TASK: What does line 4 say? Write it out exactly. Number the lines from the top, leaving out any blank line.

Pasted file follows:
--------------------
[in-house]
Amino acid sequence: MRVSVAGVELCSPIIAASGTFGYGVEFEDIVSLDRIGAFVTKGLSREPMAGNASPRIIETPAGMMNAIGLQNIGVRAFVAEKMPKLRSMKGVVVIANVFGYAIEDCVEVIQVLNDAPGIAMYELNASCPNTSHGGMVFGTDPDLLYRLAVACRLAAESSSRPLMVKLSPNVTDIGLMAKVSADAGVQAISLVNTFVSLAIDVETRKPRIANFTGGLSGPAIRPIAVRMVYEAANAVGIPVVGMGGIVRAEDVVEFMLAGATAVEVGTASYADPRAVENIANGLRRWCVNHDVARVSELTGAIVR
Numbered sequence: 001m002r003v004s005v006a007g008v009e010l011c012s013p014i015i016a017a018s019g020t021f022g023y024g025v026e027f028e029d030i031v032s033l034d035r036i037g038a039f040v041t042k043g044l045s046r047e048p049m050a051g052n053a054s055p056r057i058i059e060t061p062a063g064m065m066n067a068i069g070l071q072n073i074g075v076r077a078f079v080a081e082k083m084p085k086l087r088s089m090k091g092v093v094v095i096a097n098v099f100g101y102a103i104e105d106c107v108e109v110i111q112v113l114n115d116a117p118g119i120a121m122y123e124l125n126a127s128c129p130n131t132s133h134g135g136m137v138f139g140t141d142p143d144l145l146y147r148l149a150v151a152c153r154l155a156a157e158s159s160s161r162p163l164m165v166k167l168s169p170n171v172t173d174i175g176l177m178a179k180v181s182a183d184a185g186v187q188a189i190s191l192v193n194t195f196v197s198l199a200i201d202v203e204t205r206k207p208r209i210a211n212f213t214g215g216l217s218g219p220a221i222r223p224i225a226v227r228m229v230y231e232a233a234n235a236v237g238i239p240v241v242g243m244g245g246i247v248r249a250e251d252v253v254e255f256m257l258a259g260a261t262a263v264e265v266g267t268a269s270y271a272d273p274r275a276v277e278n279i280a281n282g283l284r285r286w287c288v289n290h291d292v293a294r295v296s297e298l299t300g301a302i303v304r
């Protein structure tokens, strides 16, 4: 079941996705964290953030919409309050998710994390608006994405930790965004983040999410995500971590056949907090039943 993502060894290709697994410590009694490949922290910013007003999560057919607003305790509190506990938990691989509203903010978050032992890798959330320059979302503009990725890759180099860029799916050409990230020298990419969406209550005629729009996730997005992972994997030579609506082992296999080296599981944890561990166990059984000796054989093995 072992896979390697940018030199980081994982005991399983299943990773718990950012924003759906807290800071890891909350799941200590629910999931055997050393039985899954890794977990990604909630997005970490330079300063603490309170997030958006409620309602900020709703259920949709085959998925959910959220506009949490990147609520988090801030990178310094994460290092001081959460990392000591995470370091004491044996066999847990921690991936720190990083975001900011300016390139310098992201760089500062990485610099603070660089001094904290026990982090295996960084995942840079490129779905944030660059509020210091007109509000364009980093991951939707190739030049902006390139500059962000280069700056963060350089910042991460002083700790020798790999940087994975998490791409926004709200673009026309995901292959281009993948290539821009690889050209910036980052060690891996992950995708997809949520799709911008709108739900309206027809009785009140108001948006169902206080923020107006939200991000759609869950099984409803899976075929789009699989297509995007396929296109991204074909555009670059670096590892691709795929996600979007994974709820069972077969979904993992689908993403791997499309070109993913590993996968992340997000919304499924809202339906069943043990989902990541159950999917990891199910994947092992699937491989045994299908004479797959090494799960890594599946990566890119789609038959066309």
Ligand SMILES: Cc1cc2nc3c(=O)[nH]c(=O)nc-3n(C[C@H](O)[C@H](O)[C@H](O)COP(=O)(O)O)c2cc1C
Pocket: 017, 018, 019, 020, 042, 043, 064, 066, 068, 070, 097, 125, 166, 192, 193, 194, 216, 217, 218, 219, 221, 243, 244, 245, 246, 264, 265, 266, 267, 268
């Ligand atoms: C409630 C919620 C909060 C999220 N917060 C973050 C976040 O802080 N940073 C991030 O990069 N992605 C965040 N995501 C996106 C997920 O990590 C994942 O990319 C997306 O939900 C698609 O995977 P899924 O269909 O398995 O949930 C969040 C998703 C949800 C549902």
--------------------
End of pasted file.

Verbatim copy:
């Protein structure tokens, strides 16, 4: 079941996705964290953030919409309050998710994390608006994405930790965004983040999410995500971590056949907090039943 993502060894290709697994410590009694490949922290910013007003999560057919607003305790509190506990938990691989509203903010978050032992890798959330320059979302503009990725890759180099860029799916050409990230020298990419969406209550005629729009996730997005992972994997030579609506082992296999080296599981944890561990166990059984000796054989093995 072992896979390697940018030199980081994982005991399983299943990773718990950012924003759906807290800071890891909350799941200590629910999931055997050393039985899954890794977990990604909630997005970490330079300063603490309170997030958006409620309602900020709703259920949709085959998925959910959220506009949490990147609520988090801030990178310094994460290092001081959460990392000591995470370091004491044996066999847990921690991936720190990083975001900011300016390139310098992201760089500062990485610099603070660089001094904290026990982090295996960084995942840079490129779905944030660059509020210091007109509000364009980093991951939707190739030049902006390139500059962000280069700056963060350089910042991460002083700790020798790999940087994975998490791409926004709200673009026309995901292959281009993948290539821009690889050209910036980052060690891996992950995708997809949520799709911008709108739900309206027809009785009140108001948006169902206080923020107006939200991000759609869950099984409803899976075929789009699989297509995007396929296109991204074909555009670059670096590892691709795929996600979007994974709820069972077969979904993992689908993403791997499309070109993913590993996968992340997000919304499924809202339906069943043990989902990541159950999917990891199910994947092992699937491989045994299908004479797959090494799960890594599946990566890119789609038959066309």